Jace’s laughter stopped suddenly. An unnatural quiet descended upon the yard. Natasha forced her eyelids open, squinting against the brilliance of the sun.
Natasha sat up. The world swam for a second. Jace and Lily were still perched on the hill above her. Lily happily patted the snow, but Jace’s face was pinched. He pointed toward the barren lilacs extending from the north end of the house to the neighbor’s fence. Natasha focused on the source of his distress. A tall figure studied them through the bushes.
Who is that? Natasha scrambled to her feet. Her heartbeat escalated.
The man strode toward her, stopping less than ten feet away. He glared down, towering over her 5’4”. Dark bristles covered the lower half of his face. His pale features were model perfect, long lashes showcasing black licorice eyes. His face gave no hint as to why he’d invaded their privacy.
Tearing her eyes from him, Natasha glanced at her children. Jace didn’t speak or move. Lily screamed her version of hello. The man didn’t answer. Natasha pivoted back to face him, unsure why she felt such a strong urge to scream for help and run to protect her children.
His gaze locked on hers. His eyes were so cold. A chill wind swept over her, but the branches on the trees didn’t move.
“Can I help you?” She clutched her gloved fingers to stop the trembling.
His eyes darkened. His lips stayed in a tight line.
“Did you, um, get lost?” Natasha forced an unsteady laugh and arched her eyebrows. “Easy to do in a town of less than three thousand people.” He didn’t crack a smile so she released her own, pointed toward the front yard, and stiffly recited driving directions. “Highway 89 is less than a mile east of here. The fastest route is to drive straight out of the neighborhood and then take two-hundred s-s…”
His right arm rose—a black pistol molded to his palm. Heart thudding, Natasha’s voice sputtered and died.
Cole’s shopping trip with Maggie
We browsed several stores in the mall, each more trendy than the next. “I don’t know, Mags, maybe I’m being too hasty.” I held up a pair of beat-up jeans covered in holes. “Maybe I should stick to scrubs.”
“Relax. This is all new to you. You’re stepping out of your comfort zone,” she insisted, holding up a t-shirt with some crazy graphic across the front. I cringed.
“Okay, let’s go.” She grabbed my arm and led me to a store boasting the world’s largest collection of Levis.
“This is more like it.” I skimmed through a pile of good old Levis.
“What about these?” Maggie handed me a pair of dark skinny jeans.
“No.” I said flatly. Skinny jeans? Seriously. Does she have any idea what tight jeans do to a guy’s manhood? I wanted to quote her the statistics of the adverse effect tight pants can have on a man, but I bit my tongue. No more statistics. I took the jeans. She had it right. I needed to step out of my comfort zone. I grabbed two other pair of normal jeans and went into the dressing room.
Wedging myself into the skinny jeans was a joke. My voice practically jumped two octaves they were so tight. I eyed myself in the mirror and cringed. I looked like a wannabe rock star. I stepped out to show Maggie.
“They look good,” she said with a smile. I shook my head and tugged on the legs of the stupid things. I’d walked ten feet and they were already crawling up my butt.
“Cole, they’re not that tight. You’ll get used to them,” she insisted.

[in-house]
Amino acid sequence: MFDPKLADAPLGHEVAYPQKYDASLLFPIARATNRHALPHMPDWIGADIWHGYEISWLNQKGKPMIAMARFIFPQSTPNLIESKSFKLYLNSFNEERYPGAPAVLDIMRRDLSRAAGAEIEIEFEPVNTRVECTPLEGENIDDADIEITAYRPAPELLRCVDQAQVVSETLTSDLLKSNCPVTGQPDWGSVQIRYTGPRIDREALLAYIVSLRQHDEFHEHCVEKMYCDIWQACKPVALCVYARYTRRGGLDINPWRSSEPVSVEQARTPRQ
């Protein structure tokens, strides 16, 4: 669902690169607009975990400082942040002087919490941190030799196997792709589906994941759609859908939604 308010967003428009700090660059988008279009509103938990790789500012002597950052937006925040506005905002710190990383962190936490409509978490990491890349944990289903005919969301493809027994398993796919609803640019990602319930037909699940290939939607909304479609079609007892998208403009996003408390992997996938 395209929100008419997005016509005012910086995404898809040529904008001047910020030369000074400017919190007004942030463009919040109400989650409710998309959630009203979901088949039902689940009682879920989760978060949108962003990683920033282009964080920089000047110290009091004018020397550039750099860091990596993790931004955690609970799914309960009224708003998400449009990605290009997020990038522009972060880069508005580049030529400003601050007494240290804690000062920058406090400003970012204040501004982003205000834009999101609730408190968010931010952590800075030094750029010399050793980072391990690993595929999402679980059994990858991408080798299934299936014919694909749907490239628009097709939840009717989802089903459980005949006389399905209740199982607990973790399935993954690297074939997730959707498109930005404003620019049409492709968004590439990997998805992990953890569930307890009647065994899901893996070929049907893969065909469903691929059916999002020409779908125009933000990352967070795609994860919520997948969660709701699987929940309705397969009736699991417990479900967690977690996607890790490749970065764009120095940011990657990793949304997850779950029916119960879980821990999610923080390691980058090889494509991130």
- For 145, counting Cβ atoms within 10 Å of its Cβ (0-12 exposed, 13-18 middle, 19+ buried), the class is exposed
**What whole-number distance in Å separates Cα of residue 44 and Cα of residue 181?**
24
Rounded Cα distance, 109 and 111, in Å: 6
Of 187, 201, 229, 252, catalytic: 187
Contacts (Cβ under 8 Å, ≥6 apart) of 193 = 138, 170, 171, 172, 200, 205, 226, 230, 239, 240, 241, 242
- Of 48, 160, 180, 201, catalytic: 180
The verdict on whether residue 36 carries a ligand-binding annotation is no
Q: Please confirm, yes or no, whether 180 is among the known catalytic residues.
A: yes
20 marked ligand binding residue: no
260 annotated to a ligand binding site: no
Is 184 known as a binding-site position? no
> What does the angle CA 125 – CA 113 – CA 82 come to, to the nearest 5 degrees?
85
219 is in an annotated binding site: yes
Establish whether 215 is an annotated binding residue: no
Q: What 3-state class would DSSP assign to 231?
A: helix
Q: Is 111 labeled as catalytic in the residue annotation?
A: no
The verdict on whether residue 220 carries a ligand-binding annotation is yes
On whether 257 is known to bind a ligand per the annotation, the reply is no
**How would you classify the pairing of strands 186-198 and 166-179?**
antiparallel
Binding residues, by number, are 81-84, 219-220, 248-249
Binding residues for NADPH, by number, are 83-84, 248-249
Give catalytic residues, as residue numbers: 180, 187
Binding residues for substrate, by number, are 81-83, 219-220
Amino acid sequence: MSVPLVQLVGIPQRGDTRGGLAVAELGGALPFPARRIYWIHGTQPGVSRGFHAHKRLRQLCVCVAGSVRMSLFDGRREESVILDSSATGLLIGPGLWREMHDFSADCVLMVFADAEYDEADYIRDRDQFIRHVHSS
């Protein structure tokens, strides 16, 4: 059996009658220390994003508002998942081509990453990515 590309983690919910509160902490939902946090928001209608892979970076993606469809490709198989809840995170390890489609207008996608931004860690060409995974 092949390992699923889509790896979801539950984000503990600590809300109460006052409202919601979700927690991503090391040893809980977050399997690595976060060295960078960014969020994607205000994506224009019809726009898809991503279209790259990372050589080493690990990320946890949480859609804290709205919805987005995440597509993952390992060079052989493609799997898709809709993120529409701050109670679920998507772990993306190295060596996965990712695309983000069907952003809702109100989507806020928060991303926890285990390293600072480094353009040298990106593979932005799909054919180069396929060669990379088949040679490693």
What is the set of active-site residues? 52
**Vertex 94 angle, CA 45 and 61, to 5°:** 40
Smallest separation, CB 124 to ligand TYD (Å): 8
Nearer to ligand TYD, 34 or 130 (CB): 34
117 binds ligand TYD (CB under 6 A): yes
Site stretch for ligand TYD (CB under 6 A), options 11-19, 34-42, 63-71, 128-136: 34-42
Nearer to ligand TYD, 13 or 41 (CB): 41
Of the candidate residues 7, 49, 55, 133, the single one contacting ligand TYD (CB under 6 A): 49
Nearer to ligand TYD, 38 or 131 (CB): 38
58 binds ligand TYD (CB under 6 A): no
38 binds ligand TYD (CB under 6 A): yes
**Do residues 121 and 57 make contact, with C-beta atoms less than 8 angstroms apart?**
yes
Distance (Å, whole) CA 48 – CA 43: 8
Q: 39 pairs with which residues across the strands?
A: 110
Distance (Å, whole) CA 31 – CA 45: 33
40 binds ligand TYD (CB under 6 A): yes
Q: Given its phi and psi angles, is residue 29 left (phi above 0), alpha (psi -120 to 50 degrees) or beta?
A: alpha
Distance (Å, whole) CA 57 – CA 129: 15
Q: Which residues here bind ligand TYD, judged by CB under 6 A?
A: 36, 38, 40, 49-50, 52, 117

“Mags, I’ve worn baggie scrubs for eight years now. I can’t do skinny jeans.” She pushed me back toward the dressing room with instructions not to give up.
I went with the relaxed fit next. “Now this is what I’m talking about,” I mumbled to my reflection in the mirror, noting they were a little snug in the rear. I went out to show Maggie.
“Perfect.” She grabbed a short-sleeved Henley shirt from a nearby rack and held it up to me.
“I like the shirt, but I think it should be long sleeved.” I took and exchanged it for a green long sleeved one from the rack.
“Cole, it’s ninety-six degrees out there. You’ll die in long sleeves,” she said, lifting her brows.
“Maggie, we live in upstate New York. It’s cold nine months out of twelve. If I buy short sleeved shirts, I’ll get two or three months use at the most.”
She turned around and murmured one step at a time as she went through another rack of shirts.
“I think I’ll get the next size of jeans. These are a little snug.”
She twisted back to me. “Are you trying for the ‘my pants are hanging halfway down my butt’ look?” she asked.
“No.” The thought appalled me.
“Then don’t get the next size.” She handed me two long-sleeved shirts and I went back to try them on.
Daleigh McDermott ducked before another branch could slap her face. The woods surrounded her, reached for her, sucked the breath out of her. The darkness was an enemy all in itself, and right now the nighttime stalked her. She couldn’t escape its death grip.
The trees blended together, morphing into an endless landscape that repeated itself over and over. Where was she? Which direction was help?
She couldn’t afford to stop and gather her thoughts. The men were on her trail. She could hear their footsteps in the distance, only moments behind her. Quick and urgent. In pursuit.
A bullet flew past her shoulder. Her breath caught again and perspiration invaded her skin like an army of fear moving in for the kill.
Her gaze skittered in front of her, as her steps faltered for a moment. A fallen tree seemed familiar, like she’d passed it before. Could she be running right back into the hands of her father’s killer? Right back into the den of terror she’d discovered? Right back to the point where her life flashed in front of her eyes?
No, she couldn’t think like that. She had to keep moving. Keep fighting to live.
She dodged a cypress tree. A broken, low-lying branch snagged her skin and pain ripped through her thigh.
She yelped, biting back any more telltale groans. She couldn’t let the men find her. She chomped down in an effort to remain silent. Blood soaked her taste buds.
She had to keep moving. With one hand, she covered the wound on her leg. Something wet and warm saturated her fingers. Her blood. Her throat went dry at the thought.
Run, Daleigh. Run. Her life depended on getting away.
She limped forward, her breath now coming in ragged gasps. How many more people had died? How many people had been casualties in this lust for money and power?
Everyone she thought she could trust had let her down. Well, almost everyone. Her heart lurched as unfinished conversations slammed into her mind.